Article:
Do It (1997-) – Exhibitions – Independent Curators International

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do it began in 1993 with a discussion among Christian Boltanski, Bertrand Lavier, and myself in the Café Select, Paris. Both artists have been interested in various forms of instructional procedures since the early 1970s, and that evening they spoke of the instructions contained within their own work. Since the 1970s, Lavier has made many works that contain written instructions in order to observe the effects of translation on an artwork as it moves in and out of various permutations of language. Boltanski, like Lavier, is also interested in the notion of interpretation as an artistic principle. He thinks of his instructions for installations as analogous to musical scores which, like an opera or symphony, go through countless realizations as they are carried out and interpreted by others. From this encounter arose he idea of an exhibition of do-it-yourself descriptions or procedural instructions which, until a venue is found, exist in a static condition. Like a musical score, everything is there but the sound.”

Source: Do It (1997-) – Exhibitions – Independent Curators International

Jimmy Robert, Untitled, 2005

Jimmy Robert, Untitled, 2005. Archival ink-jet print; 17 3/4 x 17 3/4 in. (45 x 45 cm) © Jimmy Robert, courtesy of Galerie Diana Stigter, Amsterdam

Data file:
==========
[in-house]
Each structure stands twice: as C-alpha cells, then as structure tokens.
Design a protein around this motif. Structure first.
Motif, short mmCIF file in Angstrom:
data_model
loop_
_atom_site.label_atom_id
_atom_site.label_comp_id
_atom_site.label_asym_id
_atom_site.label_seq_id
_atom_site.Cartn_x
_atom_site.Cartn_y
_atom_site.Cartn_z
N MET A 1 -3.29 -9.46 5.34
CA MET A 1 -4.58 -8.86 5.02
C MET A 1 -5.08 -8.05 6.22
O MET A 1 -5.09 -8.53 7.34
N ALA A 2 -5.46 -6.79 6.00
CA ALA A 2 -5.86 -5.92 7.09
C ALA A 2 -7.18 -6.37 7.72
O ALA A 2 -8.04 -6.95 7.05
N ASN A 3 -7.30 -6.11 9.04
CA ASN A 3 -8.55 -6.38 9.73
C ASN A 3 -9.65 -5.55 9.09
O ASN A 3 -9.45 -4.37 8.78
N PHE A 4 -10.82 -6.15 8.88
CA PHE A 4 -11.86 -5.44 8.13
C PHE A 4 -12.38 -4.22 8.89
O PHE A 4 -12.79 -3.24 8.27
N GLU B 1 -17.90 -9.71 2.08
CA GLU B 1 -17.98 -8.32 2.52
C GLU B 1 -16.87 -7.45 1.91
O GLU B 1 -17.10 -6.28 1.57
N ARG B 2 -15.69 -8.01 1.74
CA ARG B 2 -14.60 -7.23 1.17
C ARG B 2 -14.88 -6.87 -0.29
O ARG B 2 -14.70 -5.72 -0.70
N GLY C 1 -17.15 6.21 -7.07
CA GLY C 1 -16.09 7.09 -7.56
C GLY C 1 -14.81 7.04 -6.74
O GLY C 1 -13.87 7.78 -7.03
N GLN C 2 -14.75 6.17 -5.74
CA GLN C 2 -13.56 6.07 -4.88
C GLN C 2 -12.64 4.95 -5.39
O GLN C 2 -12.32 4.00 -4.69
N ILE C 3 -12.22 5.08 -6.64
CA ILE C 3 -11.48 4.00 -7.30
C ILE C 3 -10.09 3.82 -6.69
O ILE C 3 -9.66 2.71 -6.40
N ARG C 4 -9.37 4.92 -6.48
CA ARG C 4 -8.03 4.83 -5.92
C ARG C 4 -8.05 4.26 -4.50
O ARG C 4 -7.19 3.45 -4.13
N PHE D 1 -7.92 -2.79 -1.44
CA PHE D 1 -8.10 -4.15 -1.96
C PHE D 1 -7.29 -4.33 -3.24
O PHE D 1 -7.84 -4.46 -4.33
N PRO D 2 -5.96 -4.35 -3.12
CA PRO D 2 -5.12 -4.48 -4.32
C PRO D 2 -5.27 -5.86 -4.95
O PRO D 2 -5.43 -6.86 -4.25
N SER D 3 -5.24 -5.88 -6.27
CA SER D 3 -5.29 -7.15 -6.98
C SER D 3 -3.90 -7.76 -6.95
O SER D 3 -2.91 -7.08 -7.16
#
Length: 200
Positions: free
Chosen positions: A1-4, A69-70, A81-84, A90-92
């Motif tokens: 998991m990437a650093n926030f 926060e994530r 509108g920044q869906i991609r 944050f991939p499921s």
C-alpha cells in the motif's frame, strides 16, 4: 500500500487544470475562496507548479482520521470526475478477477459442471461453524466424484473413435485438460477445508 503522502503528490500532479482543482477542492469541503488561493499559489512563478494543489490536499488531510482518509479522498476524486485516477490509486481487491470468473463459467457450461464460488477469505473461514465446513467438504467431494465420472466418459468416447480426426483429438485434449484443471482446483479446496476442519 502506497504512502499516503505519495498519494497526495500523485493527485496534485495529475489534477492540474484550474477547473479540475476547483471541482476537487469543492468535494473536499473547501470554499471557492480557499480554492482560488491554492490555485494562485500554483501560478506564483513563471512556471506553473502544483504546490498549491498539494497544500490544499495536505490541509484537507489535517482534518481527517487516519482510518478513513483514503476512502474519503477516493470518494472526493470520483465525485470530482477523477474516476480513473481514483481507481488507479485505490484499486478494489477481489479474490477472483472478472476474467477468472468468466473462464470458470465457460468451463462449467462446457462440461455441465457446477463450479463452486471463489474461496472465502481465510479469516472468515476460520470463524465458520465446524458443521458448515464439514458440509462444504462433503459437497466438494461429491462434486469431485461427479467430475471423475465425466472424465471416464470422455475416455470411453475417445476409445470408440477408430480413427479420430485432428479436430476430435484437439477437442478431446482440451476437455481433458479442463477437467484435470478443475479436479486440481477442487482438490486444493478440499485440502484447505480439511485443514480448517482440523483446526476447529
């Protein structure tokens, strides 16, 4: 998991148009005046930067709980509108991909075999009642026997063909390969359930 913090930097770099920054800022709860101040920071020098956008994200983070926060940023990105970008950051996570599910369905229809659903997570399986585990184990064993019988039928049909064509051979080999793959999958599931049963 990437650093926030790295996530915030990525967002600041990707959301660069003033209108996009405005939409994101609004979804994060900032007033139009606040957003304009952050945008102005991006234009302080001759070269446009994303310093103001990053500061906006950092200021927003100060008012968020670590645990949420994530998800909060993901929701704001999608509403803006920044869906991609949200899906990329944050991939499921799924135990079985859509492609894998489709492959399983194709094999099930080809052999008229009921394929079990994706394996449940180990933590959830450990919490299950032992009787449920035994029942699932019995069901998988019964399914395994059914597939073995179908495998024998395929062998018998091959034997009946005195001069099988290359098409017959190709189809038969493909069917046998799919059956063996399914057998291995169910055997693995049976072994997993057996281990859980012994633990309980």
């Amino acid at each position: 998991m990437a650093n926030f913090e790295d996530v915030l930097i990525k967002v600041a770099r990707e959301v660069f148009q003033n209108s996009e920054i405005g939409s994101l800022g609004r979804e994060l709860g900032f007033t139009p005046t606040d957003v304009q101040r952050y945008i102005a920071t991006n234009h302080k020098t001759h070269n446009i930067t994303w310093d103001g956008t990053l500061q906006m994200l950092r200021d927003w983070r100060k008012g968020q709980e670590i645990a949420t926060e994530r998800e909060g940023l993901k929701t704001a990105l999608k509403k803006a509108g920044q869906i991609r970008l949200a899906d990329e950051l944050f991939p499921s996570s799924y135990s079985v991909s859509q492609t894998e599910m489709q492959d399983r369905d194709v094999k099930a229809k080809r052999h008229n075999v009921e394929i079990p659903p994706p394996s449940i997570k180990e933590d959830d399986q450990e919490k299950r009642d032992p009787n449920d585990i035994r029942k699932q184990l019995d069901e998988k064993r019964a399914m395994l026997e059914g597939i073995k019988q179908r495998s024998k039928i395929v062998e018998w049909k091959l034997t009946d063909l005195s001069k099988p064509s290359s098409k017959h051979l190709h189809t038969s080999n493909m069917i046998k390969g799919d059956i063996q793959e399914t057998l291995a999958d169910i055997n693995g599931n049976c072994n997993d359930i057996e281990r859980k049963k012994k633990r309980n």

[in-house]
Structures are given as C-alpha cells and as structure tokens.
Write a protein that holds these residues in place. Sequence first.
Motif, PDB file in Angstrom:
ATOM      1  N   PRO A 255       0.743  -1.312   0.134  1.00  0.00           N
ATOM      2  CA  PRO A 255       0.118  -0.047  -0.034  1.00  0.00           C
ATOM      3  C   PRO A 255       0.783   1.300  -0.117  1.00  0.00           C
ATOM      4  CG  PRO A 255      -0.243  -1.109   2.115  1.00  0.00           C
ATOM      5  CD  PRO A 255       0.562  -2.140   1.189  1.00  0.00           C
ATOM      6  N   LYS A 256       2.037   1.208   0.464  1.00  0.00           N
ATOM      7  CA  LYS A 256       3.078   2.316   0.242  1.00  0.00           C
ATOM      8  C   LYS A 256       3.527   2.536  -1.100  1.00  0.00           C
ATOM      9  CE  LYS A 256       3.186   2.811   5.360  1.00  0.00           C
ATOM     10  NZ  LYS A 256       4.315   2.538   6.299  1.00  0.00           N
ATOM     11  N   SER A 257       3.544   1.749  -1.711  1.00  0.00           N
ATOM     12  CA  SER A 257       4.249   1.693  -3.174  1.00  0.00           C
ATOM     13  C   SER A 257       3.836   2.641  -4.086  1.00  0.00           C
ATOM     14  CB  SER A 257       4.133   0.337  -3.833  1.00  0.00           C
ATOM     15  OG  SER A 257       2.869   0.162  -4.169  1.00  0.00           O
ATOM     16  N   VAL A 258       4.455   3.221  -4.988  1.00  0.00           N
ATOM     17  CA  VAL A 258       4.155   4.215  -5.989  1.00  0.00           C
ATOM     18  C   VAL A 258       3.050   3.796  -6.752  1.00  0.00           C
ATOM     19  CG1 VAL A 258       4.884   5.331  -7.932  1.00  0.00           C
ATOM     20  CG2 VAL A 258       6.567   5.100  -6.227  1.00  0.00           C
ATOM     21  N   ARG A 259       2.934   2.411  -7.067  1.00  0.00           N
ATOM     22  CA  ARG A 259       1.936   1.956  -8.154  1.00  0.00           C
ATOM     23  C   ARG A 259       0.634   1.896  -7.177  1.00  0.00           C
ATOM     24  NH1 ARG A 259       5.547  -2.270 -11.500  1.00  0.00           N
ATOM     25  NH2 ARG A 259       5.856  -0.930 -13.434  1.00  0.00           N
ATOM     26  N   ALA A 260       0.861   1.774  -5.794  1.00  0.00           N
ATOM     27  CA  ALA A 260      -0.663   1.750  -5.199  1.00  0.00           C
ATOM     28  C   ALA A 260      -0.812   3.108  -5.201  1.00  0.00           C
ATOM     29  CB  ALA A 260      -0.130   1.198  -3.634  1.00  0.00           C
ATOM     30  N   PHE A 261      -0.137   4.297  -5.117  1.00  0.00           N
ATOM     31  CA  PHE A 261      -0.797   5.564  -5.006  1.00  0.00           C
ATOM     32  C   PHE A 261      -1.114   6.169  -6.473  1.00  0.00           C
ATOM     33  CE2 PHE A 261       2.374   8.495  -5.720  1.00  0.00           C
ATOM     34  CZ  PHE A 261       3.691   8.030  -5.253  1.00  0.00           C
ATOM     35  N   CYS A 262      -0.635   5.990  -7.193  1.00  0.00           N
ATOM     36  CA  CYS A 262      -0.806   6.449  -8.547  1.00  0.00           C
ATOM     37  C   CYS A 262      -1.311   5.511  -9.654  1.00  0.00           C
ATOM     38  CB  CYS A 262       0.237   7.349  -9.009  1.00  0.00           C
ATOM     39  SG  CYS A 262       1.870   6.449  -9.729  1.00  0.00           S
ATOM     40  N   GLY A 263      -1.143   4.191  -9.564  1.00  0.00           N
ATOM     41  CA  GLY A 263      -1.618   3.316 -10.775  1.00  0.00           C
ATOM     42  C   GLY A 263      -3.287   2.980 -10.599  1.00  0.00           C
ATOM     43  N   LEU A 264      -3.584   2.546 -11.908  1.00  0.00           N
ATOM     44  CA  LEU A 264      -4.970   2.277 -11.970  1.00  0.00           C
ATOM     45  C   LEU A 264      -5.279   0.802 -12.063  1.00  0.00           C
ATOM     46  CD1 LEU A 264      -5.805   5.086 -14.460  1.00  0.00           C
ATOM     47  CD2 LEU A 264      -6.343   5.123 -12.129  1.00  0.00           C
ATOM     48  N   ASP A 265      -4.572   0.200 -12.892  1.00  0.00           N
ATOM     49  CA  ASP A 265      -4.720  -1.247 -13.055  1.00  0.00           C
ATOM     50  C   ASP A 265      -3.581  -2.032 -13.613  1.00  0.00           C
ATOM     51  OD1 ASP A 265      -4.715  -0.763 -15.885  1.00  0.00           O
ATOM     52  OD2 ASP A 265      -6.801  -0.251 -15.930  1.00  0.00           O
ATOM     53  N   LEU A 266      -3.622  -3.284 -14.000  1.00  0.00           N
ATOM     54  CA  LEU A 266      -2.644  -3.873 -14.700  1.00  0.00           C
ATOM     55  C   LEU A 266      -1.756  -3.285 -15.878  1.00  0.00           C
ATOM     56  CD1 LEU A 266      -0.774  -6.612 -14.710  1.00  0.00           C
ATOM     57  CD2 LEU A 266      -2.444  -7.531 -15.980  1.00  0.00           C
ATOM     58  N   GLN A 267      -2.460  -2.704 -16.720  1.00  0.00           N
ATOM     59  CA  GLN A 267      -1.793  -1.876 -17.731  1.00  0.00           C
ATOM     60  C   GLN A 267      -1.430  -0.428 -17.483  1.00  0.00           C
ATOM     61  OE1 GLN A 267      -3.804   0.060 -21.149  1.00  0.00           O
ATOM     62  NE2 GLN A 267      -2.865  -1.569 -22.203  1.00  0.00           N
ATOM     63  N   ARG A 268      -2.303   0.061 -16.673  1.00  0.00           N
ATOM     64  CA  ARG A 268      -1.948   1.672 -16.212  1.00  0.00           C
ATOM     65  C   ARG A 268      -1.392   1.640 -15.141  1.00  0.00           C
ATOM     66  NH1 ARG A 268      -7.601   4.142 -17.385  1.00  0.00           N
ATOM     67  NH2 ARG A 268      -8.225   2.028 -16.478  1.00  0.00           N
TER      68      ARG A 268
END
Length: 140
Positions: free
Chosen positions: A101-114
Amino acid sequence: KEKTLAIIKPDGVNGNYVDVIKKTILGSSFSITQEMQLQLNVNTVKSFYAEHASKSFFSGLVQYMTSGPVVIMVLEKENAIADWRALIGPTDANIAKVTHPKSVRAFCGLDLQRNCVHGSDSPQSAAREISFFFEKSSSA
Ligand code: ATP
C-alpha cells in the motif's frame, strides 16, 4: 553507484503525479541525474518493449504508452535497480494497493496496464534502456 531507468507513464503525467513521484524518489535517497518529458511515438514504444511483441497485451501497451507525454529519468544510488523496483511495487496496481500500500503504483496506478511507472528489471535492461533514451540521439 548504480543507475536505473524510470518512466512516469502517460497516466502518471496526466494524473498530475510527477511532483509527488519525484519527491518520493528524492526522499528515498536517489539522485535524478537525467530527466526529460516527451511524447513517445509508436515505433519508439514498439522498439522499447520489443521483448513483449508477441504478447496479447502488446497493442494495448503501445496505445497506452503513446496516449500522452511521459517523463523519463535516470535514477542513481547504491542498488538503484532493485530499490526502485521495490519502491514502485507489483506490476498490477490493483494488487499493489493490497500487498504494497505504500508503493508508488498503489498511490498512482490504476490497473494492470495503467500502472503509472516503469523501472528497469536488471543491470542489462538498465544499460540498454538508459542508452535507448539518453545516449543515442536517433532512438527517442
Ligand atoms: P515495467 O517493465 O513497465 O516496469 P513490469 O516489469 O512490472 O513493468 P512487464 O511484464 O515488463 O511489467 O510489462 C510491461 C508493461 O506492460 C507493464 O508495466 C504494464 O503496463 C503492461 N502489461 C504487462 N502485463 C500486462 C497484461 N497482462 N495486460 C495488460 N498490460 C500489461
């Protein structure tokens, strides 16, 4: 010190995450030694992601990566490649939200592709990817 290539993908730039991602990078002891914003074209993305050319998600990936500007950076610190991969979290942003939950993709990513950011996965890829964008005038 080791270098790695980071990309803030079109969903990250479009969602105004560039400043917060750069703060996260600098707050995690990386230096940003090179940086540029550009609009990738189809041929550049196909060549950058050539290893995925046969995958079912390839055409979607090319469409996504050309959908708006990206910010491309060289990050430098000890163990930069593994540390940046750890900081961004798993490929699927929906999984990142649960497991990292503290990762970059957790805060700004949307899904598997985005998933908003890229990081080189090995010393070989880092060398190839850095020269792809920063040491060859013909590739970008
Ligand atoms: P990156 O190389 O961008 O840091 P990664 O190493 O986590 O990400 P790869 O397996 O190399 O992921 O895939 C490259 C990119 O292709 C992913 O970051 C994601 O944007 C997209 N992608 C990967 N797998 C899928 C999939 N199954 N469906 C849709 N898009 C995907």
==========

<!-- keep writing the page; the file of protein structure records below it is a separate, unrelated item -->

“Jimmy Robert is an artist who lives and works in Berlin. Robert’s practice ranges across performance, film, photography, works on paper, and writing. His work subtly explores the intersections between art history, representation and subjectivity.

Robert often reconsiders crucial moments from avant-garde art history, questioning their capacity to reflect the political complexities of lived experience, especially from a Black, queer perspective. Figures as varied as Stanley Brouwn, Marguerite Duras, Hokusai, Georges Balanchine, Bas Jan Ader and Yoko Ono have served as points of departure in previous works.

Notable among his recent performance works is Joie Noire (2019), part of a series reflecting on the legacy of Robert’s friend and frequent collaborator Ian White. Using a collage of textual and musical material, this two-person performance addressed the racial and sexual politics of the AIDS crisis and the aesthetics of art, music and dance in the 1980s. ”
source: https://glasgowinternational.org/artists/jimmy-robert/

 

“Robert typically uses photographic portraitureas a starting point for his works on paper, gently breaking down divisions between two and three dimensions, image and object. In some cases Robert uses found photographs that he tears, collages, tapes, and crumples before digitally scanning them and pinning them to the wall. In other cases, Robert takes new photographs in his studio and crams them into wooden boxes or arranges them on the gallery floor. Extending into the space of the gallery, these works create a relationship to the viewer’s body while underscoring a sense of impermanence. Likewise, Robert’s sculptures are either made from wood-based materials or give the illusion of paper forms and often play with notions of value and durability.

Robert’s films and videos convey a sense of the ordinary in their scale, subject, and material. Broadly inspired by the French New Wave, the artist is also deeply influenced by feminist filmmakers such as Marguerite Duras and Chantal Akerman. Of a similarly intimate register, Robert’s dance and performance works value gesture and chance over elaborate choreography, referring to Fluxus and the Judson Dance Theater.”
source: https://mcachicago.org/Exhibitions/2012/Jimmy-Robert-Vis-A-Vis